1. Flexibility: Requesters have flexibility of accepting or rejecting the work submitted by the worker.

2. Dealing with Communication Issues: The cost and effort of justifying each task rejected by the requester is more than the cost invested for the HITs.

B. Turkopticon

1. Avoid Spam Requesters: Review system makes it difficult for spam requesters to fool the workers.

Crowdsourcing User Studies with Mechanical Turk

From the requester's perspective :

Requesters may view Mechanical Turk as an alternative low cost and time mechanism to obtain user inputs on extensive or intensive tasks. They may aim to access a wide pool of users and obtain user input on a significantly large scale. Also aim to obtain the benefits of the geographic diversity of participants.

Two experiments were conducted to determine the usability of Mechanical Turk in user studies. The empirical study asked users to rate a set of fourteen Wikipedia articles in an effort to match user ratings with Wikipedia administrator ratings. The articles were chosen from a random pool with a range of expert-ratings.

Experiment 1 : Users were asked to evaluate an article on a scale of 7 based on factors like factual correctness, structure, neutrality and overall quality for a reward of $0.05. They could also provide optional feedback regarding improvements to the article through a text box. The optional feedback aimed at determining the veracity of ratings provided by users.

Experiment 2 : This experiment was built upon the previous experiment to try reduce the number of invalid responses and malicious use of the system. The experiment aided users provide better subjective responses by including a verifiable questionnaire.

The above experiments produce important insights about requesters:

1. Experiment 1 led to the following observation : In order to avail the benefits of Mechanical Turk, the formulation of tasks needs special attention, failing which, results may fail the task's purpose.

2. The increasing subjective nature makes it difficult for the requester to validate answers as observed in experiment 1.

3. Ignorance of participants experience, difficulty in approaching them and limited demographic information raise concerns over accuracy and correctness of responses.

4. Results of experiment 1 were not in favor of using crowdsourcing platforms for research purposes. This is an important factor for a requester.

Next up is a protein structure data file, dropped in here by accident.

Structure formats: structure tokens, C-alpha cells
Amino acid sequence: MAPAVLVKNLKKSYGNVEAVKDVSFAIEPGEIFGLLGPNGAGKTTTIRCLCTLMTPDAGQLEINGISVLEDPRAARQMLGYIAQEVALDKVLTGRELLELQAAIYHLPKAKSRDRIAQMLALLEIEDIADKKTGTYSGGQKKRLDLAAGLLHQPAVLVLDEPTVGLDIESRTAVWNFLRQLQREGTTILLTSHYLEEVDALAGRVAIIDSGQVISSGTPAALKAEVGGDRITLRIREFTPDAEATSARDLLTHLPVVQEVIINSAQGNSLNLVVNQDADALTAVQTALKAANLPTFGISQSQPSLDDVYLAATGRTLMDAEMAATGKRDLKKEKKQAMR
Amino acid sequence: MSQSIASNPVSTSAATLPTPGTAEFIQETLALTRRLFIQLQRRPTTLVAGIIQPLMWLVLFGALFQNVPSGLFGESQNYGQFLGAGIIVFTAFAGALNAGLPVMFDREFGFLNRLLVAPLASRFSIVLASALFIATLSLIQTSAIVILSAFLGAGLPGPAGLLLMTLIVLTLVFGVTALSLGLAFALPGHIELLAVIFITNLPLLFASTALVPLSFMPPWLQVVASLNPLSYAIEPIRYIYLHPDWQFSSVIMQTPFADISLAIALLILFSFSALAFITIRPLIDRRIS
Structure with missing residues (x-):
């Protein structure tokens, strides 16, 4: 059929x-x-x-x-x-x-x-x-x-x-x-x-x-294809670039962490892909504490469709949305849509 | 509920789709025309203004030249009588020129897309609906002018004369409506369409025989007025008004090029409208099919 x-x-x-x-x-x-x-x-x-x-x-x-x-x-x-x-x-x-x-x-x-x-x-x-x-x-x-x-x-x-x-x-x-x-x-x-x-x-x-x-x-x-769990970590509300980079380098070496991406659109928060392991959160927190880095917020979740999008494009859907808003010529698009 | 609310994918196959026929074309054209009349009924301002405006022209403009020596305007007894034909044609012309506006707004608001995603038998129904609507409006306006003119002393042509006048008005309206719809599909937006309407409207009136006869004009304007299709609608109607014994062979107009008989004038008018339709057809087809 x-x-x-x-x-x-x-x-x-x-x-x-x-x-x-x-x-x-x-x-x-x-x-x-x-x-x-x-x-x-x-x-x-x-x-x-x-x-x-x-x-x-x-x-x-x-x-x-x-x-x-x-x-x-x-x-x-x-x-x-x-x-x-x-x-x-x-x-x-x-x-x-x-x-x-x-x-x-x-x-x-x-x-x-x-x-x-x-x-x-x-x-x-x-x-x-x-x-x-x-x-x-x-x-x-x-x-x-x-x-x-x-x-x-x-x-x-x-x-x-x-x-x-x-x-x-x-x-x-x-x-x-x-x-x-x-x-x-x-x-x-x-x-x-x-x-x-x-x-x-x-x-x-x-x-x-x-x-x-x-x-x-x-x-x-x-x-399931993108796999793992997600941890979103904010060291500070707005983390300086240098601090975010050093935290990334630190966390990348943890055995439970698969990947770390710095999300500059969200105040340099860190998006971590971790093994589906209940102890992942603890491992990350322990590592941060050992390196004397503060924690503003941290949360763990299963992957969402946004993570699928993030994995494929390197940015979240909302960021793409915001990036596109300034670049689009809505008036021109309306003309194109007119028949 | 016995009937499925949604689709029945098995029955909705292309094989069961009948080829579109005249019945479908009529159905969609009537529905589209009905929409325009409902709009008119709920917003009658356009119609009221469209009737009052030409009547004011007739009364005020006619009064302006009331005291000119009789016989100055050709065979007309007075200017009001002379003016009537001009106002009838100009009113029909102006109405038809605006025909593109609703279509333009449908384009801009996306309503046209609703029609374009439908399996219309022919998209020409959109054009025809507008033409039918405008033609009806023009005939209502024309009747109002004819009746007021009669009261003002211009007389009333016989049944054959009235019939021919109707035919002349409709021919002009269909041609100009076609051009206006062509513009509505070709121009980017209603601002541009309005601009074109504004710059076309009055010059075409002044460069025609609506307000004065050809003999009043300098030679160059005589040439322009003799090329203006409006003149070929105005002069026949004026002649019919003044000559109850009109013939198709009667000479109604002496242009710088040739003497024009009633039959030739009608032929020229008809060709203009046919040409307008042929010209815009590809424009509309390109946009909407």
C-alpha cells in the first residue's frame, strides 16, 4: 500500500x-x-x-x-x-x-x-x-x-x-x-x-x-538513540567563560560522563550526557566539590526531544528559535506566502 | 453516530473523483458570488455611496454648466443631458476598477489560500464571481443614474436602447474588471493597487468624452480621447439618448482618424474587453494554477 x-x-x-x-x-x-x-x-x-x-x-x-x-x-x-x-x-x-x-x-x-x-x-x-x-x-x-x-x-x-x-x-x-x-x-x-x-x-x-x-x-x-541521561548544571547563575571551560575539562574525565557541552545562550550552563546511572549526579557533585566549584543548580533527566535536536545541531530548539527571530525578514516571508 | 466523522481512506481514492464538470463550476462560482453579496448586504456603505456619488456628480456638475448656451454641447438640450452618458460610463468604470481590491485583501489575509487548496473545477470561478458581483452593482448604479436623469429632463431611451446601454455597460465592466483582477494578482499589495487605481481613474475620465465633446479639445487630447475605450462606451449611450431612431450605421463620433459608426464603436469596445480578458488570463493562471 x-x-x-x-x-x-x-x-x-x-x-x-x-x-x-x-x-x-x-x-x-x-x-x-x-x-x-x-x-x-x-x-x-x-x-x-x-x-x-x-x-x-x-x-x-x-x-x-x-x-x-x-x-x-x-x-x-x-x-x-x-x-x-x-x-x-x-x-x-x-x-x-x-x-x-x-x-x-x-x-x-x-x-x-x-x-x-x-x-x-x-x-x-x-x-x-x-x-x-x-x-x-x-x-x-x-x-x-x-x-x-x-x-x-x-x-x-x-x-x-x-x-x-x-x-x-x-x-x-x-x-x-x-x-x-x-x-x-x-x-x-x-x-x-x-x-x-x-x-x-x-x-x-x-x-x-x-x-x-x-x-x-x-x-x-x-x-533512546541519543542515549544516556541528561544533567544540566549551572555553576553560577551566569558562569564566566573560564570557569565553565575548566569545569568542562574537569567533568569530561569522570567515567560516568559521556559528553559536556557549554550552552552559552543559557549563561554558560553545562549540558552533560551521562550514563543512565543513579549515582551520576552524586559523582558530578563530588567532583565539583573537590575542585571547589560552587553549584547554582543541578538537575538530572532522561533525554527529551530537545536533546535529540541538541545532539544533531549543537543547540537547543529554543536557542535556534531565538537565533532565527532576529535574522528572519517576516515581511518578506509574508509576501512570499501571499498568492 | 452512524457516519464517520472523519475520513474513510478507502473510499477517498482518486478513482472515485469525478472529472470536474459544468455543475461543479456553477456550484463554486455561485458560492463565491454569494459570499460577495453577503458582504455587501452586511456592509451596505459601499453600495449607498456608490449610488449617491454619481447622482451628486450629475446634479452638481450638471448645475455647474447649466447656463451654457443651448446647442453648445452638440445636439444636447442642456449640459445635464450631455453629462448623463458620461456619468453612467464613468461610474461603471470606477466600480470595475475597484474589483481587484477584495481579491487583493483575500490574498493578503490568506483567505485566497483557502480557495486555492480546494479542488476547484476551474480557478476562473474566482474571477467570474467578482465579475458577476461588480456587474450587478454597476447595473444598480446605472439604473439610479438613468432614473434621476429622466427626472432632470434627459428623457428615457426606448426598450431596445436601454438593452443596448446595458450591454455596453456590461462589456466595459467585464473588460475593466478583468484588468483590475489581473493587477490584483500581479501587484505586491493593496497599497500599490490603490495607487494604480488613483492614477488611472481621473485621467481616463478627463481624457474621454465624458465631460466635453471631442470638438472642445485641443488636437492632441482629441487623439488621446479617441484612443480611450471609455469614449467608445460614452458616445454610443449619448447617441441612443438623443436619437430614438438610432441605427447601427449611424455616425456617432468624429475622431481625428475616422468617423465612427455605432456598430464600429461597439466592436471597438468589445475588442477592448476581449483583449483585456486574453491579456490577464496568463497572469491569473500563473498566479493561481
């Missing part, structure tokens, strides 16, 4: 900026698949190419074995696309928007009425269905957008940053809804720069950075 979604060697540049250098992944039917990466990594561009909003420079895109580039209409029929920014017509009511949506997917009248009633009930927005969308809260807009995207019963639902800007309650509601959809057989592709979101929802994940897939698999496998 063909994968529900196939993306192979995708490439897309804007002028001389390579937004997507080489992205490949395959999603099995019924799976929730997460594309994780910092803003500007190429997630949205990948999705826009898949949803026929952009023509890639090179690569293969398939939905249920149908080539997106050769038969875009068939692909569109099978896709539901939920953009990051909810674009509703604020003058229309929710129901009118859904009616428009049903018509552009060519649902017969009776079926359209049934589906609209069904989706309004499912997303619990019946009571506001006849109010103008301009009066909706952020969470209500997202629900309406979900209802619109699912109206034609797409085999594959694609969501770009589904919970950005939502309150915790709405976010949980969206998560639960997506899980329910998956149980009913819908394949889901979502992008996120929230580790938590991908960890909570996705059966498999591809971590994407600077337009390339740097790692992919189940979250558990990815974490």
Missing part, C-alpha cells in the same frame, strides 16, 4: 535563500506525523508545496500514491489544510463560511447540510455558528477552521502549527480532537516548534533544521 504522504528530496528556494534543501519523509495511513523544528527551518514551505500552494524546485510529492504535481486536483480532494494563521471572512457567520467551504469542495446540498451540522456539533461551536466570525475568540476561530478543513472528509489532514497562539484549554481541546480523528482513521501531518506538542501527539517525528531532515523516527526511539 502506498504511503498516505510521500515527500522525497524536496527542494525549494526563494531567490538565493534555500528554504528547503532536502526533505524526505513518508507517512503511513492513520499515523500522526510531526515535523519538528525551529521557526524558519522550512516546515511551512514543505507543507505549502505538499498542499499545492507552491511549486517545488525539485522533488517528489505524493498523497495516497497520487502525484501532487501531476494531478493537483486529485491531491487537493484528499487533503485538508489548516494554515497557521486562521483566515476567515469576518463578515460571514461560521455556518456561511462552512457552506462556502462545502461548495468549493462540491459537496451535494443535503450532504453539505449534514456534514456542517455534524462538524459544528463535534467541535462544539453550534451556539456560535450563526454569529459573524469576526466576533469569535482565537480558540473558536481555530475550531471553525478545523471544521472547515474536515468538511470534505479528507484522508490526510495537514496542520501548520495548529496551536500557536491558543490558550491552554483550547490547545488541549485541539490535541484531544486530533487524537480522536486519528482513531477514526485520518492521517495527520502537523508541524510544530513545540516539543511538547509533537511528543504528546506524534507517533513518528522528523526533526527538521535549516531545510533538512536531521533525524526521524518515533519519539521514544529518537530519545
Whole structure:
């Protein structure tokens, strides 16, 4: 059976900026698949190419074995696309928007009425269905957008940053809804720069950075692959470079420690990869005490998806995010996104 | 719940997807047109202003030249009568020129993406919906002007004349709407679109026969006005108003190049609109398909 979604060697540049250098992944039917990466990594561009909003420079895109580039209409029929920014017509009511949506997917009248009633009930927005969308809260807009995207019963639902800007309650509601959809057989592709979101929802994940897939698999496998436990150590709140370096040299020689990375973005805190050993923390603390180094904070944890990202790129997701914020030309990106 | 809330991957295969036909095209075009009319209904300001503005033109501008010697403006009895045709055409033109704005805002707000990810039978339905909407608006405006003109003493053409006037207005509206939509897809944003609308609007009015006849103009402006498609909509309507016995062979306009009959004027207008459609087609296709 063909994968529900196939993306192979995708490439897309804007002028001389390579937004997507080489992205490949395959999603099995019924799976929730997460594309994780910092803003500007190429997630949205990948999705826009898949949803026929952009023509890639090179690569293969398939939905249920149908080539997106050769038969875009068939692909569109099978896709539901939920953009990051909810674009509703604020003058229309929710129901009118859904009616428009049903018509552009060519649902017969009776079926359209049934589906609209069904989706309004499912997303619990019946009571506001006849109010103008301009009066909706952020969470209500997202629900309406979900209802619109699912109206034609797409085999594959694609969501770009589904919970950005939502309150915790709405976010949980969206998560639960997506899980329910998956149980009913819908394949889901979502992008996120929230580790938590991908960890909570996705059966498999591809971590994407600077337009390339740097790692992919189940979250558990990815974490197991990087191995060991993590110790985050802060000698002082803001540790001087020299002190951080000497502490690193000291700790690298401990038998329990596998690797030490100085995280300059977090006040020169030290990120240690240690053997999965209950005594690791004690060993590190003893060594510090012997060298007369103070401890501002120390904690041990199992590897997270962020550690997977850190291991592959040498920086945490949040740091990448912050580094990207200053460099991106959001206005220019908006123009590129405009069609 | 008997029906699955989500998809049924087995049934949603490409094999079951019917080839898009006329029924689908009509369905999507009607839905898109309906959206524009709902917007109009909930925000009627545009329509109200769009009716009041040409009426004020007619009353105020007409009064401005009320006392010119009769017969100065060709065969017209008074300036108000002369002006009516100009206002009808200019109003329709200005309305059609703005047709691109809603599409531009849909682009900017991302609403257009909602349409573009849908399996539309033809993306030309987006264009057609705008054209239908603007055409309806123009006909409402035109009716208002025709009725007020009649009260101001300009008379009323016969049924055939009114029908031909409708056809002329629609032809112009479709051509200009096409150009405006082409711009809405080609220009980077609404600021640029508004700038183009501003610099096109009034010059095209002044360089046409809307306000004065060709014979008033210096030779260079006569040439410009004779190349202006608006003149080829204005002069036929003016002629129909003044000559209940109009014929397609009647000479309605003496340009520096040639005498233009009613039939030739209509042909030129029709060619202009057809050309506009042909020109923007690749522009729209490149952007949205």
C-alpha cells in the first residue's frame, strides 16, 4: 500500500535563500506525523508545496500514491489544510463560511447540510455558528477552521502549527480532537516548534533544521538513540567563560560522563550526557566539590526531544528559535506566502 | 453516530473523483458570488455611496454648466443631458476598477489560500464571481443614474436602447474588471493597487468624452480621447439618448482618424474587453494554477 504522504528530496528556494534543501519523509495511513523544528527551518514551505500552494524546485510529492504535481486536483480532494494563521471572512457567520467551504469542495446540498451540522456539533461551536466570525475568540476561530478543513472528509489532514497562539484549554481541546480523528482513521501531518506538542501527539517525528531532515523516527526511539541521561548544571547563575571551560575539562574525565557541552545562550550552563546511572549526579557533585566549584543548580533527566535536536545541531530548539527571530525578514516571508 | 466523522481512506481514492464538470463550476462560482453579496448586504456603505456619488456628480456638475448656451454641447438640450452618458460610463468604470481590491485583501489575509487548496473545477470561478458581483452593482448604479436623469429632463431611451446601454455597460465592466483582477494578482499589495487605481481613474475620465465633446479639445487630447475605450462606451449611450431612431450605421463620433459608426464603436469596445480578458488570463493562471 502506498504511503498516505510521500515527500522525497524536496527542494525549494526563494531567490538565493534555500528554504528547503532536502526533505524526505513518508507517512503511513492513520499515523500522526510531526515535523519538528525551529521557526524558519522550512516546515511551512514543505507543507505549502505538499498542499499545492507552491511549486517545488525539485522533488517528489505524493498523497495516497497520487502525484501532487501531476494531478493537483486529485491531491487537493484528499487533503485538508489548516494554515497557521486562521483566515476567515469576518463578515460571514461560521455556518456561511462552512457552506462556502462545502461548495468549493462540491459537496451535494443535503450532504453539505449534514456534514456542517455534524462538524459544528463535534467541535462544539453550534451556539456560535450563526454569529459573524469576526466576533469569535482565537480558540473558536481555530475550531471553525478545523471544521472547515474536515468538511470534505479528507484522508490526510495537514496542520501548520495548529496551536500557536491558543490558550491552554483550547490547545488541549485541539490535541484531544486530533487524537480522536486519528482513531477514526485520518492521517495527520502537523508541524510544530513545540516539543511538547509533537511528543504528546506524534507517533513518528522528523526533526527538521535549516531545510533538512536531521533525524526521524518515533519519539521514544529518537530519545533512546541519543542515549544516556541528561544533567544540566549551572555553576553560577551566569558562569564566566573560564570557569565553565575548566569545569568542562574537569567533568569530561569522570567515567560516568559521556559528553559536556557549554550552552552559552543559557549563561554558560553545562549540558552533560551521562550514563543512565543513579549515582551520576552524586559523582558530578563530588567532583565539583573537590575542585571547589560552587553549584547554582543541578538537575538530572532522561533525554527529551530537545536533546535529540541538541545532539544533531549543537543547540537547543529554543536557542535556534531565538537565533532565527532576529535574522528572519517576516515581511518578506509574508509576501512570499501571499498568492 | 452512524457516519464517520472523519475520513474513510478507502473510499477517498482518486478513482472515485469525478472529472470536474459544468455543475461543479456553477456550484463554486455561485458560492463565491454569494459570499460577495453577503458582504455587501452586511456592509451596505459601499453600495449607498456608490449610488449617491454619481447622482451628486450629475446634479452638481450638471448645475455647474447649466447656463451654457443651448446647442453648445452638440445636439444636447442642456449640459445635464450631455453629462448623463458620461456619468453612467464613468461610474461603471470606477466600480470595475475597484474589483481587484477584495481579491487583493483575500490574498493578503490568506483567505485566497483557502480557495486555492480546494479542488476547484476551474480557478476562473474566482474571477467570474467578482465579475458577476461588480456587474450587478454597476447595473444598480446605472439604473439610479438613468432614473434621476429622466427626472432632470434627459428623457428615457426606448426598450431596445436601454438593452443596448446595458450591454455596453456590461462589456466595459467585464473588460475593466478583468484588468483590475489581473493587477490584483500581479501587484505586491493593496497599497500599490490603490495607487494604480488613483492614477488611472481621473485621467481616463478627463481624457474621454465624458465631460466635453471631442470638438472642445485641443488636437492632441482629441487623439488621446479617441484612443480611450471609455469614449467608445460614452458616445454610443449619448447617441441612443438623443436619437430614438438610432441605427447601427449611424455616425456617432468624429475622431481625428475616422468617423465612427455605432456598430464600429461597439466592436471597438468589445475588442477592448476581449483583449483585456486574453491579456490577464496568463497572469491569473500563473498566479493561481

5. The different responses of the two experiments reflect on the importance of design considerations for researchers to avail the advantages of these platforms.

The Need for Standardization in Crowdsourcing

From the worker's perspective :

1. Adaptation Problems: Since workers are not provided any kind of training in the current market scenario, they need to work hard to learn the intricacies of interface environment for each employer and adapt to requirements for each employer

2. Variable Income: The amount of money made by a worker by working equal number of hours on two different days is highly variable. Thus, this source of income is highly variable.

3. Insecurity: Because of no proper training and no skillset specification for a worker, a worker is always skeptical about the likely outcome i.e whether his work will be accepted by the requester.

4. Skills mismatch: Workers face problem in finding out the job they need and this often leads to mismatch of skills/ talent.

5. Flexibility: Workers have freedom of choosing the kind of work they wish to perform from all the given available tasks. They have the ease of experimenting with different types of tasks.

Both perspectives: A Plea to Amazon: Fix Mechanical Turk

1) What observations about workers can you draw from the readings? Include any that may be are strongly implied but not explicit.

2) What observations about requesters can you draw from the readings? Include any that may be are strongly implied but not explicit.

Do Needfinding by Browsing MTurk-related forums, blogs, Reddit, etc

List out the observations you made while doing your fieldwork. Links to examples (posts / threads) would be extremely helpful.

Synthesize the Needs You Found

List out your most salient and interesting needs for workers, and for requesters. Please back up each one with evidence: at least one observation, and ideally an interpretation as well.

Worker Needs

A set of bullet points summarizing the needs of workers.

  • Example: Workers need to be respected by their employers. Evidence: Sanjay said in the worker panel that he wrote an angry email to a requester who mass-rejected his work. Interpretation: this wasn't actually about the money; it was about the disregard for Sanjay's work ethic.

Requester Needs

A set of bullet points summarizing the needs of requesters.

  • Example: requesters need to trust the results they get from workers. Evidence: In this thread on Reddit (linked), a requester is struggling to know which results to use and which ones to reject or re-post for more data. Interpretation: it's actually quite difficult for requesters to know whether 1) a worker tried hard but the question was unclear or very difficult or an edge case, or 2) a worker wasn't really putting in a best effort.